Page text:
Cancer Care

Are you or a loved one coping with cancer? Find support, as well as information about treatments, research and prevention from our Taussig Cancer Institute.

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Radiology technician examines mammography test

How You Can Get the Best, Most Accurate Mammogram

Tags: breast cancer, cancer, health screenings, mammograms

Women often don’t realize they can improve the quality of their mammography results by doing a few simple, critical things.


You've been diagnosed with Esophageal Cancer: Now What

You’ve Been Diagnosed with Esophageal Cancer: Now What? (Video)

Tags: digestive diseases, dr. raja, esophageal cancer, esophagectomy, esophagus, heart and vascular institute, thoracic surgeon, video

If you or a loved one has been diagnosed with esophageal cancer, you may be wondering what comes next. Most often, the answer is surgery — which can treat the cancer while providing a “new normal.”


Old and New Way

What the New Pelvic Exam Guidelines Mean for You

Tags: abnormal pap, American College of Physicians (ACP), cervical cancer, fibroids, HPV, human papillomavirus, PAP, pap smear, Pap smears, pap test, pelvic exams

Gynecologists say new guidelines on annual pelvic exams could put women at risk. Find out what you should know about the yearly well woman visit.


Full length business woman sitting on chair holding clipboard

Could Sitting Too Much Boost Your Cancer Risk?

Tags: cancer, exercise, study

A recent study found that sitting too much can increase your risk for certain cancers. Find out how to move more throughout the day.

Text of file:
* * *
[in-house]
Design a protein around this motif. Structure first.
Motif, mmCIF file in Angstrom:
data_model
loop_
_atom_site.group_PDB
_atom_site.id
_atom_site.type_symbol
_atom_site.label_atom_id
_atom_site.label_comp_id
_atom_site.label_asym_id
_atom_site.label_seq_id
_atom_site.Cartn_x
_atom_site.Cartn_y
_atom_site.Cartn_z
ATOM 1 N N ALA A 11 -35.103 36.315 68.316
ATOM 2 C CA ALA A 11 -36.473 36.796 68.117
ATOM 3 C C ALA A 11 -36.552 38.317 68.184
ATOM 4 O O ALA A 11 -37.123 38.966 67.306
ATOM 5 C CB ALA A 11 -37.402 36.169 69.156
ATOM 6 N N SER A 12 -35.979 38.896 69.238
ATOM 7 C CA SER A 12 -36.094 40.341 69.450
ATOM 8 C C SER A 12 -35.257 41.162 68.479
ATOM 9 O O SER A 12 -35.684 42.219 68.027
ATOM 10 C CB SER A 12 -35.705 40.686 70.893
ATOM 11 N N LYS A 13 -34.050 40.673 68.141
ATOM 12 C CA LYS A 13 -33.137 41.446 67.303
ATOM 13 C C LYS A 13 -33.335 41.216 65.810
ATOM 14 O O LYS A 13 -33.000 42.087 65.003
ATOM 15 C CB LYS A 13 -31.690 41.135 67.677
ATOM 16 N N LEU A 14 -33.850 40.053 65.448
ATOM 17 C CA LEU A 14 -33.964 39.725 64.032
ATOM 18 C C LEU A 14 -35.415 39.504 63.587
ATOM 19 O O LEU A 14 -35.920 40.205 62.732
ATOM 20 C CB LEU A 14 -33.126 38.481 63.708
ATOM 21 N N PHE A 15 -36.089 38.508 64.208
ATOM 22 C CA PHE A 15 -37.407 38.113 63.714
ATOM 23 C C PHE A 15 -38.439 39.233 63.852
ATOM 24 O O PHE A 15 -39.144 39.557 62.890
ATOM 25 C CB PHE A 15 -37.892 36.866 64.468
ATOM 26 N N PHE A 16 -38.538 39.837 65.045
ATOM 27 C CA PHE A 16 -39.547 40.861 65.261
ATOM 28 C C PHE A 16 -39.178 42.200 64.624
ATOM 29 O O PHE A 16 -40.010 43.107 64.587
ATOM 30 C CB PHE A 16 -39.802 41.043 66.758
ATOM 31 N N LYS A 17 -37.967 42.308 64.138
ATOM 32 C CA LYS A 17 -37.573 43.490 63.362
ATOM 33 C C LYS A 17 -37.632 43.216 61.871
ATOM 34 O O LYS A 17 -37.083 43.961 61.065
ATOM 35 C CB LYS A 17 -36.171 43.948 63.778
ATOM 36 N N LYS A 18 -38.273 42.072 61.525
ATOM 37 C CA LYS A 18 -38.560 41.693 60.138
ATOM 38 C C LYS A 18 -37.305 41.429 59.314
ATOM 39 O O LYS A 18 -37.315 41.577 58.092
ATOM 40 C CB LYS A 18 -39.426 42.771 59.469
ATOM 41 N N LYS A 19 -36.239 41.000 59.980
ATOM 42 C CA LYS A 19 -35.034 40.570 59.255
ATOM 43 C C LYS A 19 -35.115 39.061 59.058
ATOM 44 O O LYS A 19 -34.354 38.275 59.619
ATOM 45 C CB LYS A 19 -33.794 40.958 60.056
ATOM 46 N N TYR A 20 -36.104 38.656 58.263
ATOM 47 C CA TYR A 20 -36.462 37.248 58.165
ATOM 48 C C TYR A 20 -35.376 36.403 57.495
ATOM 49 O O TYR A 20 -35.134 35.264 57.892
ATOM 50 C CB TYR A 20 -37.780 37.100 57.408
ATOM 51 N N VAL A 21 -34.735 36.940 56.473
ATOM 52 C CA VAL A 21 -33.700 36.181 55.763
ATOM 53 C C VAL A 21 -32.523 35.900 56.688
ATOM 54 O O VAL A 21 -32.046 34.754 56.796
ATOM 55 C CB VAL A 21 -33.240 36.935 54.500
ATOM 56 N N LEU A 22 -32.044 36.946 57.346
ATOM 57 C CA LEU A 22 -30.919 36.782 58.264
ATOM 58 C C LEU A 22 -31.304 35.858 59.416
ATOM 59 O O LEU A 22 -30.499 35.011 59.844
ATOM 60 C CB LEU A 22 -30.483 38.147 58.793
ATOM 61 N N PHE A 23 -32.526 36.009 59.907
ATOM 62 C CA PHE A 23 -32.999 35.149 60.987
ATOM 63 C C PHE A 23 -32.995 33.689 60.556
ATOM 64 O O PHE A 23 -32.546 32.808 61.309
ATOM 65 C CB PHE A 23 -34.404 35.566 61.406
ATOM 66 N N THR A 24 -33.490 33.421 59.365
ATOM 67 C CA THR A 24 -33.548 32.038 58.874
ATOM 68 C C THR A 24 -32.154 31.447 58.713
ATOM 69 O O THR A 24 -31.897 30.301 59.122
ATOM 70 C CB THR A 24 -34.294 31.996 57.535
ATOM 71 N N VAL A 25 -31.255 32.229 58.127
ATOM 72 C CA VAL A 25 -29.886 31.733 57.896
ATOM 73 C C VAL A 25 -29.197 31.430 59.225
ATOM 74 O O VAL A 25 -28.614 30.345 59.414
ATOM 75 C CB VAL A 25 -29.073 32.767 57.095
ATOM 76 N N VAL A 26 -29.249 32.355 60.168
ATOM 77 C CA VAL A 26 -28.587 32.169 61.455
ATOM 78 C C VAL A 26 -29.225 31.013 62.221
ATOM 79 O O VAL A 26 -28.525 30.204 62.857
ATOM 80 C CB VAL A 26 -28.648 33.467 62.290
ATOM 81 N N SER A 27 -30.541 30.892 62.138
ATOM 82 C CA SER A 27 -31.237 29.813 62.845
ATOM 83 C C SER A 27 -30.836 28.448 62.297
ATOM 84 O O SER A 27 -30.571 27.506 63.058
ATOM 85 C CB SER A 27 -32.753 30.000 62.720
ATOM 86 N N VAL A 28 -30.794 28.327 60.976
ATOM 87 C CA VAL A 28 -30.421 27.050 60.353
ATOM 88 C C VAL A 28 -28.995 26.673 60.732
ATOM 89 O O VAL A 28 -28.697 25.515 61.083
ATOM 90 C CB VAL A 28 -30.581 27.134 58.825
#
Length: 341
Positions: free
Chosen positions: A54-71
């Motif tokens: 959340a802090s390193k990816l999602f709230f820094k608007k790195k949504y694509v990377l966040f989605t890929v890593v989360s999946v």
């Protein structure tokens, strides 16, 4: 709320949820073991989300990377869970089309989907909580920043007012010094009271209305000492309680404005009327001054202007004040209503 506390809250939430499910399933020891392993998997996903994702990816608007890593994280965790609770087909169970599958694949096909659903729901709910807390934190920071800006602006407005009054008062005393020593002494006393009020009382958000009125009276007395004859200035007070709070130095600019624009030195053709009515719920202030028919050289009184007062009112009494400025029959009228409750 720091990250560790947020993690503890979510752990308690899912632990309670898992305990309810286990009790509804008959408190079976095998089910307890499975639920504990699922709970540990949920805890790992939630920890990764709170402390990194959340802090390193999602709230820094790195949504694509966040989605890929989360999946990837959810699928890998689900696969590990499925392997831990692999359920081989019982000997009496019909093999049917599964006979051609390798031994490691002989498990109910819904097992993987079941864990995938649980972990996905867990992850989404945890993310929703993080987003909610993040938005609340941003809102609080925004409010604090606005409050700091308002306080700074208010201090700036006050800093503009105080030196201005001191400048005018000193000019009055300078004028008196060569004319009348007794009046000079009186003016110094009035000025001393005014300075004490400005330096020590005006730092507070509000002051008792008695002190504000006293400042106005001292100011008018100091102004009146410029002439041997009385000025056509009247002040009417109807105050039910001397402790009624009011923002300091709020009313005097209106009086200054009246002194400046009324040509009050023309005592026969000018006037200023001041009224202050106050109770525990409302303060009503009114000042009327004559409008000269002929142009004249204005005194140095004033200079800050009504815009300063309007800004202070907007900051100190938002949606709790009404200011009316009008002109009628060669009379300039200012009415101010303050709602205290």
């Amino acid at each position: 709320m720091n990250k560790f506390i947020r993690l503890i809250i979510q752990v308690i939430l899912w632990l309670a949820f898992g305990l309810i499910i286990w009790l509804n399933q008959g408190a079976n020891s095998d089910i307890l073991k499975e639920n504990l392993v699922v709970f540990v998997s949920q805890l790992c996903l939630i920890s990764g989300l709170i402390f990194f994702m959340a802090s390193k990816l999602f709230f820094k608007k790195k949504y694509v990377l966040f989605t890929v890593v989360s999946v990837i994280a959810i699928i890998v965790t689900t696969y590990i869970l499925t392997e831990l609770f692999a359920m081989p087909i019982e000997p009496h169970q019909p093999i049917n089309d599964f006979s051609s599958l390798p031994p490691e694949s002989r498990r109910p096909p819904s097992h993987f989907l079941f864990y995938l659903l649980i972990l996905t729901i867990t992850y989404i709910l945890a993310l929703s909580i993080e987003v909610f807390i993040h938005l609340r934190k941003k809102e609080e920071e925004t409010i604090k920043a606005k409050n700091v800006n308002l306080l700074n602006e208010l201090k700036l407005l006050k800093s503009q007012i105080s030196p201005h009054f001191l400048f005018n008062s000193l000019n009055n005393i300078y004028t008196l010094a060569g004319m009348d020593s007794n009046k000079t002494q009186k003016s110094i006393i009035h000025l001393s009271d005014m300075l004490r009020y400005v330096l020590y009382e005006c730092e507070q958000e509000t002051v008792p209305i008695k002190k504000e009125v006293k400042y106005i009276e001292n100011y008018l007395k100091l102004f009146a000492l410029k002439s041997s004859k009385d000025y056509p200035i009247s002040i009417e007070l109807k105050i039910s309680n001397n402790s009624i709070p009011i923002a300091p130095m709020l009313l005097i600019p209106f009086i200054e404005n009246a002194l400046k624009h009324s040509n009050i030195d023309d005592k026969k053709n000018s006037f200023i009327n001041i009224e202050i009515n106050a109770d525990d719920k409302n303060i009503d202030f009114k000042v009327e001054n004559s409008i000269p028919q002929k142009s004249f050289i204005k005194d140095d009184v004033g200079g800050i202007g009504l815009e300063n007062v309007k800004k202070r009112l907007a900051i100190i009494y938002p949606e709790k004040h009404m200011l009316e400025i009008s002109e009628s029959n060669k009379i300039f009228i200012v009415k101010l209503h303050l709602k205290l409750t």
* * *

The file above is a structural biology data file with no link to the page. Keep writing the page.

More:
exercise shoes on a chair

Should You Exercise When You Have Cancer?

Tags: cancer, cancer treatment, chemotherapy, exercise, exercise therapy, radiation, stress, yoga

After you receive a diagnosis of cancer, exercising might seem like the least of your worries. But there are many good reasons to think about keeping some sort of physical activity routine while being treated for cancer.


new margin guidelines

What “No Ink on Tumor” Means if You Have Breast Cancer

Tags: breast cancer, breast conservation, lumpectomy

Breast-conserving surgery comes with a question: How much healthy tissue should we remove? A new guideline helps simplify the answer for patients and doctors.


chest-xray-fi

Don’t Smoke? You Could Still Get Lung Cancer

Tags: cancer, lung cancer, Lung Cancer Awareness month, lung cancer surgery, lung disease, lung transplant, lungs, quit smoking, smokeout, smoking, smoking cessation, stop smoking

Although cigarette smoking is the No. 1 cause of lung cancer, people who don’t smoke also die from the disease. Here’s why lung cancer is everyone's health concern.


How doctors ID the best treatment for esophageal cancer

How Doctors ID the Best Treatment for Esophageal Cancer (Video)

Tags: cancer, cancer stage, cancer surgery, chemotherapy, digestive diseases, dr. raja, esophageal cancer, esophagus, heart and vascular institute, radiation, videos

When it comes to cancer of the esophagus, doctors carefully determine how far the cancer has progressed – and that information guides treatment options.


bottle of aspirin

Should You Take Low-Dose Aspirin to Lower Pancreatic Cancer Risk?

Tags: acute pancreatitis, aspirin, pancreas, pancreas transplant, pancreatic cancer, pancreatic disease, pancreatic transplant

A recent study links low-dose aspirin use to a reduced risk of pancreatic cancer, but overall study results are mixed. Find out why daily aspirin could be appropriate for some patients.


Mammogram

Dense Breasts and What They Mean for Your Mammograms

Tags: breast cancer, cancer, cancer prevention, mammograms, MRI, tomosynthesis, ultrasound

A mammogram can find cancer early. But this test has some limitations that can require further testing, especially for women with dense breast tissue. Find out how breast density figures into breast cancer screening.